Piteå was originally located a few kilometres inland from its current location, close to where Öjebyn church town lies today. When that first settlement burnt to the ground in the late 1660s, locals picked up the pieces and moved the whole town southeast, closer to the open sea.
Rådhustorget was the new town centre’s crowning glory – it was its main square and meeting place, edged by fine wooden buildings, including a handsome new town hall.
It wasn’t to last. The new version of Piteå was also destroyed by fire when the Russians attacked in 1721, leaving only the church undamaged. Rådhustorget was eventually rebuilt in its original 17th Century style, however, and the little cobbled square hasn’t changed a huge amount since.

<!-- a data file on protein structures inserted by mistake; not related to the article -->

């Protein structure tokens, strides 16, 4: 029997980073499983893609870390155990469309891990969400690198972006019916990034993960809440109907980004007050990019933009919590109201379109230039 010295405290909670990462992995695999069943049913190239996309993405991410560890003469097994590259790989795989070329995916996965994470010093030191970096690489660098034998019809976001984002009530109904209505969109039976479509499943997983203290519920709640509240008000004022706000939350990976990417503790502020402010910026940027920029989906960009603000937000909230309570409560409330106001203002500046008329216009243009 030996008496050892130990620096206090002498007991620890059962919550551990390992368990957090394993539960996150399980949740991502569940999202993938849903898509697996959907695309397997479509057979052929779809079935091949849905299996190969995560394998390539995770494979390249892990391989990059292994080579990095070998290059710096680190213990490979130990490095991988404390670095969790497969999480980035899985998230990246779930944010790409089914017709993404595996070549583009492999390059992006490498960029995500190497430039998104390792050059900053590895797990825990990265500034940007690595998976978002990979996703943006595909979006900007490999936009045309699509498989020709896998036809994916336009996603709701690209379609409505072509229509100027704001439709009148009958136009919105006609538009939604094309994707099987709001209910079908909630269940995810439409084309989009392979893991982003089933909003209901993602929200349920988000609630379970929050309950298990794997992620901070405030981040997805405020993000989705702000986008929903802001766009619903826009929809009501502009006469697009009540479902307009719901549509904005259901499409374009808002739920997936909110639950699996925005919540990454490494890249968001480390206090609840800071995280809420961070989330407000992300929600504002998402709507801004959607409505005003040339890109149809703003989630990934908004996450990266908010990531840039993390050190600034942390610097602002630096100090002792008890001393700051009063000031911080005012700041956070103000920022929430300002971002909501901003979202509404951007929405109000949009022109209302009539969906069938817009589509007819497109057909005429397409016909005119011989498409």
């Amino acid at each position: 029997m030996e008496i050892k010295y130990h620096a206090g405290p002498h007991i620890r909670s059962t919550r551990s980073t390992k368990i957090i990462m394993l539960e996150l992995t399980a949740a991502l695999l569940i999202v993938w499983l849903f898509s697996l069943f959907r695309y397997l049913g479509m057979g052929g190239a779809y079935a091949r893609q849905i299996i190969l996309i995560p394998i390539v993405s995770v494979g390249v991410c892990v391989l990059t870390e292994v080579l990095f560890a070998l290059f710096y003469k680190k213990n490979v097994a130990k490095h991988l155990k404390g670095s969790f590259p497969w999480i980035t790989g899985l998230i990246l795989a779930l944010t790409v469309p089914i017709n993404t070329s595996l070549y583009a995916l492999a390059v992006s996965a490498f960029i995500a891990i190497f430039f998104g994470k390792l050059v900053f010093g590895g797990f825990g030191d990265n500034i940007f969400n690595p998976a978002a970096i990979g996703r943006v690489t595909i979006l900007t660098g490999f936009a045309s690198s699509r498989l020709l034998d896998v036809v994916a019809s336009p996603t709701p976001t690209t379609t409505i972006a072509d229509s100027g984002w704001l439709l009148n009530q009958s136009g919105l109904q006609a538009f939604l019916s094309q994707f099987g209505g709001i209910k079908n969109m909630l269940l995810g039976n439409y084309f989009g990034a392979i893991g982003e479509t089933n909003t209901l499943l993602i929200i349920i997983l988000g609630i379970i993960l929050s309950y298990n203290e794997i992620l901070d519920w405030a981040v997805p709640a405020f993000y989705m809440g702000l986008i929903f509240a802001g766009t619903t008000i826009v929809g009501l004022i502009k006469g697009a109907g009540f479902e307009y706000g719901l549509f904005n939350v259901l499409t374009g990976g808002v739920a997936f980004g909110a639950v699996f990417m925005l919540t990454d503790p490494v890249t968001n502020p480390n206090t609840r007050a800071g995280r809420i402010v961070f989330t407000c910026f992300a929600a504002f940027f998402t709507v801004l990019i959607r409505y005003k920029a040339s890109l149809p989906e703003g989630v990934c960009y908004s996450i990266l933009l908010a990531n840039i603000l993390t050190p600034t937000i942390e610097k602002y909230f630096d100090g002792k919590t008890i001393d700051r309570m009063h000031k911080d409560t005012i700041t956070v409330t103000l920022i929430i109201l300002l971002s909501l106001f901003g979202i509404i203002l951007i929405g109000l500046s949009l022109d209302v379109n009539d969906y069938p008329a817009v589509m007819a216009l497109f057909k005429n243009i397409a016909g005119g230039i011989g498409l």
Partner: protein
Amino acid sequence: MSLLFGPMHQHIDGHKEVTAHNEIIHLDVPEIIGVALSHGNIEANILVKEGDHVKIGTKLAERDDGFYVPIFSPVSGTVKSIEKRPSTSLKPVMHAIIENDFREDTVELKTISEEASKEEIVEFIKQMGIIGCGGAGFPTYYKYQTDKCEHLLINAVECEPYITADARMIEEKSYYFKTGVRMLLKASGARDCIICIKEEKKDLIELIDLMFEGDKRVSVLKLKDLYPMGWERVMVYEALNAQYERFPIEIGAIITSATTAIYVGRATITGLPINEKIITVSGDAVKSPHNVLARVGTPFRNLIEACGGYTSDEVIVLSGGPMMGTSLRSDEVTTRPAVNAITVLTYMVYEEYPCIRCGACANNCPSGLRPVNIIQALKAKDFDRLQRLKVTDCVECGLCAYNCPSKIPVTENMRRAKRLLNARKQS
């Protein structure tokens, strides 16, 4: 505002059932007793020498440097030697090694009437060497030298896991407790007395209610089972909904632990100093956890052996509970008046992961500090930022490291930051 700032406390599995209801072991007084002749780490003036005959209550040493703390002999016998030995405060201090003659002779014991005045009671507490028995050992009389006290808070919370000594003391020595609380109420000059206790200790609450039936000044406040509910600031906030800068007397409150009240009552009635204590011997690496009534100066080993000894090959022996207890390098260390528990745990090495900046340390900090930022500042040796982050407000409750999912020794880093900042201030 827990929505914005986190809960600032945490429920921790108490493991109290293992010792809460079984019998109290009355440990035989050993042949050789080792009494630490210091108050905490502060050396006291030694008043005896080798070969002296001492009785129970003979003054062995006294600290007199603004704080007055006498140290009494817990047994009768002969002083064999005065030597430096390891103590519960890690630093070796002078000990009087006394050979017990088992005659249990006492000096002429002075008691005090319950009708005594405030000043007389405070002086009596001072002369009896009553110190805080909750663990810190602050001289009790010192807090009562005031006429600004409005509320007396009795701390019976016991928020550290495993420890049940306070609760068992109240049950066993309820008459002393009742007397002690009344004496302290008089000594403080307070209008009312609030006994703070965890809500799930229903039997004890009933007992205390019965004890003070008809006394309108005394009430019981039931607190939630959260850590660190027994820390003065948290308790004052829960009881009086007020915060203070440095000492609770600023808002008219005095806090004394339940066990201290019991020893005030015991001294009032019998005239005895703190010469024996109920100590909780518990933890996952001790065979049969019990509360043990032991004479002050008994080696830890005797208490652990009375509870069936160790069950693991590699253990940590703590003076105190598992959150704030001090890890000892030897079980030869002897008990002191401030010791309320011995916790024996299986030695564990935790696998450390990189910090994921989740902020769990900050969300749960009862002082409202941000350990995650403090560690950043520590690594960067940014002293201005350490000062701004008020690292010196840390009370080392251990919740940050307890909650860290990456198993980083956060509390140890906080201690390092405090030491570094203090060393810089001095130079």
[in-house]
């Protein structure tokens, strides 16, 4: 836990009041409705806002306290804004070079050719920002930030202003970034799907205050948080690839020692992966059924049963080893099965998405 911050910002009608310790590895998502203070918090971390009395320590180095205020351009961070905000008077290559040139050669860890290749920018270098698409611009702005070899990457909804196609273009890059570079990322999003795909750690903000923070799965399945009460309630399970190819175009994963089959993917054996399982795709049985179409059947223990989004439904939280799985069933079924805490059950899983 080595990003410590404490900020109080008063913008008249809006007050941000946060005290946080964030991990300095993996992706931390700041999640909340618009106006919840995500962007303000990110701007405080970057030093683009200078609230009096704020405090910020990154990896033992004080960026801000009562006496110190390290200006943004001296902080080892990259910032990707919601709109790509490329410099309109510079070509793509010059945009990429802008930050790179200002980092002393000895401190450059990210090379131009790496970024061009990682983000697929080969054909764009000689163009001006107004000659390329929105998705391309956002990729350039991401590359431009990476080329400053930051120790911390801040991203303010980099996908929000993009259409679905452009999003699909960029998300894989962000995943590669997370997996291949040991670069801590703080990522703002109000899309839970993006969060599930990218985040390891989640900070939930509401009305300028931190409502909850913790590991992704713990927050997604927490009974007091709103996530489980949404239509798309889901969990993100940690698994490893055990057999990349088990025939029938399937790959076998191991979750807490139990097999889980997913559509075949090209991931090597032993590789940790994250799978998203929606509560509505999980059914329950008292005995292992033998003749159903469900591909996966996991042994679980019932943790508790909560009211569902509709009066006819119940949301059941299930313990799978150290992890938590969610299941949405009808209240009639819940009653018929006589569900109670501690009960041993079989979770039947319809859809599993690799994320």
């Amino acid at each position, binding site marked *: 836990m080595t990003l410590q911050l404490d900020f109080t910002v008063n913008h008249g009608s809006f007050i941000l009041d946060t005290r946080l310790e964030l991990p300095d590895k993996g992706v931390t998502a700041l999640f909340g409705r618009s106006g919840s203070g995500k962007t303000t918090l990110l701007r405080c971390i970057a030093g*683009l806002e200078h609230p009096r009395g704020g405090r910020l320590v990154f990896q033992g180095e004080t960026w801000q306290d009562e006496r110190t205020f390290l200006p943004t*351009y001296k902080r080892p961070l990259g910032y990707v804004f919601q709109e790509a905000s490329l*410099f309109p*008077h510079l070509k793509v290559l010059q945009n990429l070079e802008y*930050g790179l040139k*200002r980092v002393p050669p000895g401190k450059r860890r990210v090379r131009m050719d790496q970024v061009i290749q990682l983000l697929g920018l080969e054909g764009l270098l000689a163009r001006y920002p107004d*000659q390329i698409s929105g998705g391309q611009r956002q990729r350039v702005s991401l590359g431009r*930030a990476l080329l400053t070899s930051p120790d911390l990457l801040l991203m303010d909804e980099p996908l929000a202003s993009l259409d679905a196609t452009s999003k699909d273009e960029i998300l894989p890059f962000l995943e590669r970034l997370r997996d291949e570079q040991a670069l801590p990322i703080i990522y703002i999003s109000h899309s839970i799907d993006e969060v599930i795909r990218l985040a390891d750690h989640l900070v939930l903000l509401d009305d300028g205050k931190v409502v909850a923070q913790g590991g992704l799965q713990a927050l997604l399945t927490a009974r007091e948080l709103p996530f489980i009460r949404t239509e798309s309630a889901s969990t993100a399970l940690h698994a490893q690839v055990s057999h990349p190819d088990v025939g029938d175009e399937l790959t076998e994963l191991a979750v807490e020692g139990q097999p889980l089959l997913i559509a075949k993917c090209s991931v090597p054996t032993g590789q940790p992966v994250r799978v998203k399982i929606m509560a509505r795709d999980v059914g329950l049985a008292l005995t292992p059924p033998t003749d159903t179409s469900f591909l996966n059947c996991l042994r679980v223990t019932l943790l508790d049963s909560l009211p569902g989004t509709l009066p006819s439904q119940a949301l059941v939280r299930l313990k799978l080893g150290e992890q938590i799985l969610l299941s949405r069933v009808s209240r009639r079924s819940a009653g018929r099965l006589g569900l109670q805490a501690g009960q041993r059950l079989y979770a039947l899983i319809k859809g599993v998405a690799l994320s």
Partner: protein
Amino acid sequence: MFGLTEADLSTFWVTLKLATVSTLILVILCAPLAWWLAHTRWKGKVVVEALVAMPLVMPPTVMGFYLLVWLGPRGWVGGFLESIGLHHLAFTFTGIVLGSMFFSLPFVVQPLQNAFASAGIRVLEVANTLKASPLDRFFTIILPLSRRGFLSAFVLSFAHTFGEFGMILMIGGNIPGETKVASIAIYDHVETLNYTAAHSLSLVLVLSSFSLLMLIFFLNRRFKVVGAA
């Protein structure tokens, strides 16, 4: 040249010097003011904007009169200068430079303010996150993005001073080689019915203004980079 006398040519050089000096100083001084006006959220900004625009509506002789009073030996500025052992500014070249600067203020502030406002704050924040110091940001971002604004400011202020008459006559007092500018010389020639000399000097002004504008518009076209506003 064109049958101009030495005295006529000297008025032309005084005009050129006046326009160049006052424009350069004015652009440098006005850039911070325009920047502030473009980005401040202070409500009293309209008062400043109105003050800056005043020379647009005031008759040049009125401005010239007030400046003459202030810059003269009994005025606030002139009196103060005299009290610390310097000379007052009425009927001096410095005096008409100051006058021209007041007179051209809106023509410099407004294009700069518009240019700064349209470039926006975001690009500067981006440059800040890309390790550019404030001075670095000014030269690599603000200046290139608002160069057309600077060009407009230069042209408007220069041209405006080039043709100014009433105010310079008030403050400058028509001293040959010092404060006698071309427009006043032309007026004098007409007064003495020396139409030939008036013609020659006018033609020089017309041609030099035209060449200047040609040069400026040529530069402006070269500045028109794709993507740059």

It’s very small, but still nice for a look around, especially in the run up to Christmas when a huge tree is plonked in the middle. The former town hall in the square’s northern corner is now open to the public as Piteå Museum. If you fancy having a look then do; it’s free to go inside.
Piteå’s main street, Storgatan, is connected to the square. You’ll find a few nice places to fika in the immediate area.
Fun fact: Rådhustorget is one of only two remaining town squares in Sweden that has closed corners (the other one is in Uppsala).
Last updated: May 2015